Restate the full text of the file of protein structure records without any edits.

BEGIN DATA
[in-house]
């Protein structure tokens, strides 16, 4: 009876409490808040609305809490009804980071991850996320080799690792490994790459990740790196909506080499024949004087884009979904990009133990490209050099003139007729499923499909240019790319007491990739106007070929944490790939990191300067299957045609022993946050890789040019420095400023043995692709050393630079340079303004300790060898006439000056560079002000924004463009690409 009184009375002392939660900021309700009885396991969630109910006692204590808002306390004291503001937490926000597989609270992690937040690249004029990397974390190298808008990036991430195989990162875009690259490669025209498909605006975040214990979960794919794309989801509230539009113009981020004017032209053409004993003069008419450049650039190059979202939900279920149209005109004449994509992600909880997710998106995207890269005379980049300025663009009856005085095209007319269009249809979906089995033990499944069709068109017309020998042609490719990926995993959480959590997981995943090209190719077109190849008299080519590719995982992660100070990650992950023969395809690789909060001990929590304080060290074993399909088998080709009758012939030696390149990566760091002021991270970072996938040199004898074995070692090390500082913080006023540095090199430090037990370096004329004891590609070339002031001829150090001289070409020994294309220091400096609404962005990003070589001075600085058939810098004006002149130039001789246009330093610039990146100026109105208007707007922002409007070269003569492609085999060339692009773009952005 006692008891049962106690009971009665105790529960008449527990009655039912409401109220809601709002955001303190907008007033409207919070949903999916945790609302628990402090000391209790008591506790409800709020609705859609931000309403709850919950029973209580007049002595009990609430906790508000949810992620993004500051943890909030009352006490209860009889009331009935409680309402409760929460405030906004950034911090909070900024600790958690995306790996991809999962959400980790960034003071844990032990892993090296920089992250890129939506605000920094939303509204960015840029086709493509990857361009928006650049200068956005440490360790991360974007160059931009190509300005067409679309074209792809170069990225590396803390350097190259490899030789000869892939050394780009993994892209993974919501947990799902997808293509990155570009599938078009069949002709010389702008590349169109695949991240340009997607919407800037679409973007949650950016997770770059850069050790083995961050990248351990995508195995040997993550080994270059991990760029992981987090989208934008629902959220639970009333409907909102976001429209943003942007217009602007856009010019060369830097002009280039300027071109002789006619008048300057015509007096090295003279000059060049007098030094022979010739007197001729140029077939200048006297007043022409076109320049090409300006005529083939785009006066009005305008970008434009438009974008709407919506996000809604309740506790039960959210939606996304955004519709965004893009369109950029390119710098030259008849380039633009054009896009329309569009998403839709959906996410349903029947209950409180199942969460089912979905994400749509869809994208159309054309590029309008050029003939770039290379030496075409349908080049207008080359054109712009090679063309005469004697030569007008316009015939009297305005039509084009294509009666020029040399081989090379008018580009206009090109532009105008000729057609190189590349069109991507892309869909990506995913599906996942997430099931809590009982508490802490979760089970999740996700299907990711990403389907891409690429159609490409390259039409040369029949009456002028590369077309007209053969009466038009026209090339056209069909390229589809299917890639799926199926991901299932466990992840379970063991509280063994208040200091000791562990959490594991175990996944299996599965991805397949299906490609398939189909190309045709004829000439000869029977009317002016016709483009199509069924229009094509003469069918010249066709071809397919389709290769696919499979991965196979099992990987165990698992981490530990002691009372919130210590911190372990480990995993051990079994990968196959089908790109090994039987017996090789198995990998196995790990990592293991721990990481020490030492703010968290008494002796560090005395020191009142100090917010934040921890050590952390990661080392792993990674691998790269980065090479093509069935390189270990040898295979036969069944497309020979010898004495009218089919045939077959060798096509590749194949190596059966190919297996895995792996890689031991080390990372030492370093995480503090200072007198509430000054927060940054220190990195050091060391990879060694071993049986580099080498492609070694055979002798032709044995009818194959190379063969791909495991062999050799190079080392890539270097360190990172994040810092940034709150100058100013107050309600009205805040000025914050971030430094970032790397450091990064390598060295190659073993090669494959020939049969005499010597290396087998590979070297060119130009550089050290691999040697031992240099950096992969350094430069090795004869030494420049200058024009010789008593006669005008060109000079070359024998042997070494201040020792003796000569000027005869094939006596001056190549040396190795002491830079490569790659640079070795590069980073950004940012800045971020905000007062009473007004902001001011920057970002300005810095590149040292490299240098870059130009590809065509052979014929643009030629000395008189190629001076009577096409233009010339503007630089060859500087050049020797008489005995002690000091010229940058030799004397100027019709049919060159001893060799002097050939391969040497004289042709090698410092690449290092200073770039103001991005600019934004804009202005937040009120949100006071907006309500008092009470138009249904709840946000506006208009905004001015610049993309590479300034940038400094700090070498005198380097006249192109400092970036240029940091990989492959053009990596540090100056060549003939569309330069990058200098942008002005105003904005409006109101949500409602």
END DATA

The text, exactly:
[in-house]
């Protein structure tokens, strides 16, 4: 009876409490808040609305809490009804980071991850996320080799690792490994790459990740790196909506080499024949004087884009979904990009133990490209050099003139007729499923499909240019790319007491990739106007070929944490790939990191300067299957045609022993946050890789040019420095400023043995692709050393630079340079303004300790060898006439000056560079002000924004463009690409 009184009375002392939660900021309700009885396991969630109910006692204590808002306390004291503001937490926000597989609270992690937040690249004029990397974390190298808008990036991430195989990162875009690259490669025209498909605006975040214990979960794919794309989801509230539009113009981020004017032209053409004993003069008419450049650039190059979202939900279920149209005109004449994509992600909880997710998106995207890269005379980049300025663009009856005085095209007319269009249809979906089995033990499944069709068109017309020998042609490719990926995993959480959590997981995943090209190719077109190849008299080519590719995982992660100070990650992950023969395809690789909060001990929590304080060290074993399909088998080709009758012939030696390149990566760091002021991270970072996938040199004898074995070692090390500082913080006023540095090199430090037990370096004329004891590609070339002031001829150090001289070409020994294309220091400096609404962005990003070589001075600085058939810098004006002149130039001789246009330093610039990146100026109105208007707007922002409007070269003569492609085999060339692009773009952005 006692008891049962106690009971009665105790529960008449527990009655039912409401109220809601709002955001303190907008007033409207919070949903999916945790609302628990402090000391209790008591506790409800709020609705859609931000309403709850919950029973209580007049002595009990609430906790508000949810992620993004500051943890909030009352006490209860009889009331009935409680309402409760929460405030906004950034911090909070900024600790958690995306790996991809999962959400980790960034003071844990032990892993090296920089992250890129939506605000920094939303509204960015840029086709493509990857361009928006650049200068956005440490360790991360974007160059931009190509300005067409679309074209792809170069990225590396803390350097190259490899030789000869892939050394780009993994892209993974919501947990799902997808293509990155570009599938078009069949002709010389702008590349169109695949991240340009997607919407800037679409973007949650950016997770770059850069050790083995961050990248351990995508195995040997993550080994270059991990760029992981987090989208934008629902959220639970009333409907909102976001429209943003942007217009602007856009010019060369830097002009280039300027071109002789006619008048300057015509007096090295003279000059060049007098030094022979010739007197001729140029077939200048006297007043022409076109320049090409300006005529083939785009006066009005305008970008434009438009974008709407919506996000809604309740506790039960959210939606996304955004519709965004893009369109950029390119710098030259008849380039633009054009896009329309569009998403839709959906996410349903029947209950409180199942969460089912979905994400749509869809994208159309054309590029309008050029003939770039290379030496075409349908080049207008080359054109712009090679063309005469004697030569007008316009015939009297305005039509084009294509009666020029040399081989090379008018580009206009090109532009105008000729057609190189590349069109991507892309869909990506995913599906996942997430099931809590009982508490802490979760089970999740996700299907990711990403389907891409690429159609490409390259039409040369029949009456002028590369077309007209053969009466038009026209090339056209069909390229589809299917890639799926199926991901299932466990992840379970063991509280063994208040200091000791562990959490594991175990996944299996599965991805397949299906490609398939189909190309045709004829000439000869029977009317002016016709483009199509069924229009094509003469069918010249066709071809397919389709290769696919499979991965196979099992990987165990698992981490530990002691009372919130210590911190372990480990995993051990079994990968196959089908790109090994039987017996090789198995990998196995790990990592293991721990990481020490030492703010968290008494002796560090005395020191009142100090917010934040921890050590952390990661080392792993990674691998790269980065090479093509069935390189270990040898295979036969069944497309020979010898004495009218089919045939077959060798096509590749194949190596059966190919297996895995792996890689031991080390990372030492370093995480503090200072007198509430000054927060940054220190990195050091060391990879060694071993049986580099080498492609070694055979002798032709044995009818194959190379063969791909495991062999050799190079080392890539270097360190990172994040810092940034709150100058100013107050309600009205805040000025914050971030430094970032790397450091990064390598060295190659073993090669494959020939049969005499010597290396087998590979070297060119130009550089050290691999040697031992240099950096992969350094430069090795004869030494420049200058024009010789008593006669005008060109000079070359024998042997070494201040020792003796000569000027005869094939006596001056190549040396190795002491830079490569790659640079070795590069980073950004940012800045971020905000007062009473007004902001001011920057970002300005810095590149040292490299240098870059130009590809065509052979014929643009030629000395008189190629001076009577096409233009010339503007630089060859500087050049020797008489005995002690000091010229940058030799004397100027019709049919060159001893060799002097050939391969040497004289042709090698410092690449290092200073770039103001991005600019934004804009202005937040009120949100006071907006309500008092009470138009249904709840946000506006208009905004001015610049993309590479300034940038400094700090070498005198380097006249192109400092970036240029940091990989492959053009990596540090100056060549003939569309330069990058200098942008002005105003904005409006109101949500409602």